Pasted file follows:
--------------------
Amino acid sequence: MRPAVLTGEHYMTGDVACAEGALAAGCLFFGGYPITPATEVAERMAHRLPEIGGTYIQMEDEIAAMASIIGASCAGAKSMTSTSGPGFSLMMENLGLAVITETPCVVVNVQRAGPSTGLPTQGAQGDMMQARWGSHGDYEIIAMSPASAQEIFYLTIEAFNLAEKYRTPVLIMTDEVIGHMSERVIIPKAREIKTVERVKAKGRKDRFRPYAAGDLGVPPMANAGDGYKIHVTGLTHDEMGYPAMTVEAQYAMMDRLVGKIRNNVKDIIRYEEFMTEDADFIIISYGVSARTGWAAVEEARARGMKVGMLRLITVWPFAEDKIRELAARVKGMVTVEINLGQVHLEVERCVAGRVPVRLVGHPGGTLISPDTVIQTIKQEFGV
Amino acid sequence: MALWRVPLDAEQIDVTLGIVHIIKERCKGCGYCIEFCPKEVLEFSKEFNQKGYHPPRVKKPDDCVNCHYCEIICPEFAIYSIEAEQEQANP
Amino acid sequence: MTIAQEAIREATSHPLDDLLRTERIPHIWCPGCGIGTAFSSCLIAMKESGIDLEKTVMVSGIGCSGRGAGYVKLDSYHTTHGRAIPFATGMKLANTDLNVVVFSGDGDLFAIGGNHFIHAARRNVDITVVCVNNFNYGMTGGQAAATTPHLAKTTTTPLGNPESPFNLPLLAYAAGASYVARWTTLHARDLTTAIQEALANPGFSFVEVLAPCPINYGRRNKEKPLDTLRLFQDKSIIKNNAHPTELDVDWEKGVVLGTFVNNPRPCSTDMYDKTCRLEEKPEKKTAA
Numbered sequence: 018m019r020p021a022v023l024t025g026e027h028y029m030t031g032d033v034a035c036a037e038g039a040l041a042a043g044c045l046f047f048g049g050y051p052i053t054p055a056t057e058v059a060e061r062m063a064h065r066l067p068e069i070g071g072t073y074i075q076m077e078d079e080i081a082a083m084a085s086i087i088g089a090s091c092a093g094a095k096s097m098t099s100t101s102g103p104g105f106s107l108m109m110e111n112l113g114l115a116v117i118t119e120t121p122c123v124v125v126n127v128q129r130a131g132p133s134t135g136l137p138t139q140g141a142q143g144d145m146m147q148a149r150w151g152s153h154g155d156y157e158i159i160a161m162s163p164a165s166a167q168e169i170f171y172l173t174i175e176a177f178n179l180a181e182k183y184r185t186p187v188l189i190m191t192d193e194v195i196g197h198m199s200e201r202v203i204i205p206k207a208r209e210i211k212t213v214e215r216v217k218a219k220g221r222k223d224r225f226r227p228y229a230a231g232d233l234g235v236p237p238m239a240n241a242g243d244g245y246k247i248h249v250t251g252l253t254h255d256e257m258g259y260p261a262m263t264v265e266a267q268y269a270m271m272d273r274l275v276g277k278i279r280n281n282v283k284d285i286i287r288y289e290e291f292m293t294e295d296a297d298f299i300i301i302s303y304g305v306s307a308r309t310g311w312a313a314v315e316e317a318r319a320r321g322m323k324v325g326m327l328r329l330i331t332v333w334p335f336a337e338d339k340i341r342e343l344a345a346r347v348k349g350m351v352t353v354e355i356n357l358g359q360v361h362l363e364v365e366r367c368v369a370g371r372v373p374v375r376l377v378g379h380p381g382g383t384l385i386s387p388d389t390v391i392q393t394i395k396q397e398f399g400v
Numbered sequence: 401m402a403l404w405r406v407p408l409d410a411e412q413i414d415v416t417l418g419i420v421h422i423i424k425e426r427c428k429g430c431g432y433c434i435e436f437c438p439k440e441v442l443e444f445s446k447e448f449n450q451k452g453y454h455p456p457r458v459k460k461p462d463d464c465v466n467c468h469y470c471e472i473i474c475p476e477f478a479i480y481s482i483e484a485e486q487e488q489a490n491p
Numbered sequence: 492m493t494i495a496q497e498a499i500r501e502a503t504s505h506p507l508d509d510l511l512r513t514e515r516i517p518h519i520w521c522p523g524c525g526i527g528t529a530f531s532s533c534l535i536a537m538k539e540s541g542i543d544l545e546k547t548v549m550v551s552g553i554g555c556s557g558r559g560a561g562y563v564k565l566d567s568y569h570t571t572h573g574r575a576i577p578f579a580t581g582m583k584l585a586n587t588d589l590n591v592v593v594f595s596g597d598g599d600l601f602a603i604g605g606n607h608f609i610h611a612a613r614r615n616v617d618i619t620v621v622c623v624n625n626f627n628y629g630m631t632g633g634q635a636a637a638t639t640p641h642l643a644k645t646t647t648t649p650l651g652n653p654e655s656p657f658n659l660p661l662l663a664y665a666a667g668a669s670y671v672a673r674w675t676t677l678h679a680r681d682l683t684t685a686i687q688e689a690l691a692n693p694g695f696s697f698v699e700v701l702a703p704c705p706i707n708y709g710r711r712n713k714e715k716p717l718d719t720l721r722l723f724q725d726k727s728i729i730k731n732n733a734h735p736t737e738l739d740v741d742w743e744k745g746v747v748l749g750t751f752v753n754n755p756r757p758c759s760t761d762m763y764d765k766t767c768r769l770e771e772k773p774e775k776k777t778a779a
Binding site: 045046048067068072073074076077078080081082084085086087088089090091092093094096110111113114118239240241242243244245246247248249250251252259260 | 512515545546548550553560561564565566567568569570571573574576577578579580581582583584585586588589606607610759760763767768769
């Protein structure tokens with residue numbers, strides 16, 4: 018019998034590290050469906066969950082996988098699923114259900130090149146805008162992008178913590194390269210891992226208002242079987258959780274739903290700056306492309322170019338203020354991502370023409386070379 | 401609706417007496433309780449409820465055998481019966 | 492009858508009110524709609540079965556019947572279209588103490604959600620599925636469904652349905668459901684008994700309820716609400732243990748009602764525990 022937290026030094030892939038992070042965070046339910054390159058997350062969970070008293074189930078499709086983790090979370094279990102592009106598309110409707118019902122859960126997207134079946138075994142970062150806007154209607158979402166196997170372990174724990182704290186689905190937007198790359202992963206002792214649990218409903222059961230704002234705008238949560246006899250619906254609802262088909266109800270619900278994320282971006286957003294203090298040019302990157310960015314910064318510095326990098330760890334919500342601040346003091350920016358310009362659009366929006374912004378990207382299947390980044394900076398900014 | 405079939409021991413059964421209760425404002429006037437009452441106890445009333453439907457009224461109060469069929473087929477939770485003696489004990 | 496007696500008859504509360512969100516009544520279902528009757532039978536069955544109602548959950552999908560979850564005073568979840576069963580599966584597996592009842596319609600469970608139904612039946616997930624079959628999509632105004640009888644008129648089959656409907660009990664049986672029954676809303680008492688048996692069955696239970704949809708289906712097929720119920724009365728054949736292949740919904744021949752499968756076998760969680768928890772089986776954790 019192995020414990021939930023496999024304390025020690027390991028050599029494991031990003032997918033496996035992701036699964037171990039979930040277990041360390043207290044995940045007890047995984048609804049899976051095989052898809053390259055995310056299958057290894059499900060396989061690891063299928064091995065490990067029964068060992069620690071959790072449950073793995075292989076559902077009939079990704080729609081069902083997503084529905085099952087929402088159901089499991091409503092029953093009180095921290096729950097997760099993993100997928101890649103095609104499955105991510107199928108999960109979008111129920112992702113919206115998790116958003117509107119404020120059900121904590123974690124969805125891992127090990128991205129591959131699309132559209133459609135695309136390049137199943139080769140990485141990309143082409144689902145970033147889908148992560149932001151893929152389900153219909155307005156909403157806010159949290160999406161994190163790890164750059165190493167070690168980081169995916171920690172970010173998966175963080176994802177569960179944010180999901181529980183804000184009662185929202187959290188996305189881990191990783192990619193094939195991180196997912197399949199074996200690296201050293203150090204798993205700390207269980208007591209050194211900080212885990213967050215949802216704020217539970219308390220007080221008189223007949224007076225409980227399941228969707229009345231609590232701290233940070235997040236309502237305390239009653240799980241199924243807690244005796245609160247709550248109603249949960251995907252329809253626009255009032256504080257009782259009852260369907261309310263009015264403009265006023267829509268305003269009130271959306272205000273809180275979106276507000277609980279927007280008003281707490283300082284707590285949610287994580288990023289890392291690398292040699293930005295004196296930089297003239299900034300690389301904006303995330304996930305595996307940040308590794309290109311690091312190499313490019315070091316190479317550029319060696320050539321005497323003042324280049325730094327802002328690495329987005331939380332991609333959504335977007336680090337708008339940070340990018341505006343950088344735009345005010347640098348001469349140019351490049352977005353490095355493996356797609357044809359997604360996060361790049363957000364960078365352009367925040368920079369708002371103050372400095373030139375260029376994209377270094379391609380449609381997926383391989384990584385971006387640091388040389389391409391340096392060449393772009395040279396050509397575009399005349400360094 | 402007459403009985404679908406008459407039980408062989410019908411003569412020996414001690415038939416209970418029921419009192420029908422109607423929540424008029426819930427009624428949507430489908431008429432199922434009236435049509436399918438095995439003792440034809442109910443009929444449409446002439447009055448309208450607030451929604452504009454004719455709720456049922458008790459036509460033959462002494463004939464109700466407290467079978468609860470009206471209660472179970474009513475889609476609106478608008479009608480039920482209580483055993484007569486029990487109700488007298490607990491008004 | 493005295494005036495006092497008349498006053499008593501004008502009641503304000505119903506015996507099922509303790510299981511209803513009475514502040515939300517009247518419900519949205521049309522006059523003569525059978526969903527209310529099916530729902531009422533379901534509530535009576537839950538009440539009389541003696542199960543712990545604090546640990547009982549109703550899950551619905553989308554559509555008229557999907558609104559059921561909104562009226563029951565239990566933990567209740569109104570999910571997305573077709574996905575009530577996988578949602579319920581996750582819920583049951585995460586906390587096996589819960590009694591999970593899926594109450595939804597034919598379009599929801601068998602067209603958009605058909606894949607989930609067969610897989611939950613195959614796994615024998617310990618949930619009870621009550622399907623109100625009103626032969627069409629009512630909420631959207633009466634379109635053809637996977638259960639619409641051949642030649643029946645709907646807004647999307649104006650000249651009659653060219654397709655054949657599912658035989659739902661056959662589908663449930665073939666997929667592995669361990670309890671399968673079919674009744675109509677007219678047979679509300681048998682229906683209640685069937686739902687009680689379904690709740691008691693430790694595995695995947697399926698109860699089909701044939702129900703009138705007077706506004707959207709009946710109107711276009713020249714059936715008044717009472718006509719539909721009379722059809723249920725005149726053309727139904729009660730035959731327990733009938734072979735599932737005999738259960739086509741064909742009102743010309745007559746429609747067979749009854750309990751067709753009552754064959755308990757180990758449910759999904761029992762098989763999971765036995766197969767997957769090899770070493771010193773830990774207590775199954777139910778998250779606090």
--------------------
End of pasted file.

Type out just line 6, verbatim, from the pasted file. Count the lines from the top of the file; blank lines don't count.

Numbered sequence: 492m493t494i495a496q497e498a499i500r501e502a503t504s505h506p507l508d509d510l511l512r513t514e515r516i517p518h519i520w521c522p523g524c525g526i527g528t529a530f531s532s533c534l535i536a537m538k539e540s541g542i543d544l545e546k547t548v549m550v551s552g553i554g555c556s557g558r559g560a561g562y563v564k565l566d567s568y569h570t571t572h573g574r575a576i577p578f579a580t581g582m583k584l585a586n587t588d589l590n591v592v593v594f595s596g597d598g599d600l601f602a603i604g605g606n607h608f609i610h611a612a613r614r615n616v617d618i619t620v621v622c623v624n625n626f627n628y629g630m631t632g633g634q635a636a637a638t639t640p641h642l643a644k645t646t647t648t649p650l651g652n653p654e655s656p657f658n659l660p661l662l663a664y665a666a667g668a669s670y671v672a673r674w675t676t677l678h679a680r681d682l683t684t685a686i687q688e689a690l691a692n693p694g695f696s697f698v699e700v701l702a703p704c705p706i707n708y709g710r711r712n713k714e715k716p717l718d719t720l721r722l723f724q725d726k727s728i729i730k731n732n733a734h735p736t737e738l739d740v741d742w743e744k745g746v747v748l749g750t751f752v753n754n755p756r757p758c759s760t761d762m763y764d765k766t767c768r769l770e771e772k773p774e775k776k777t778a779a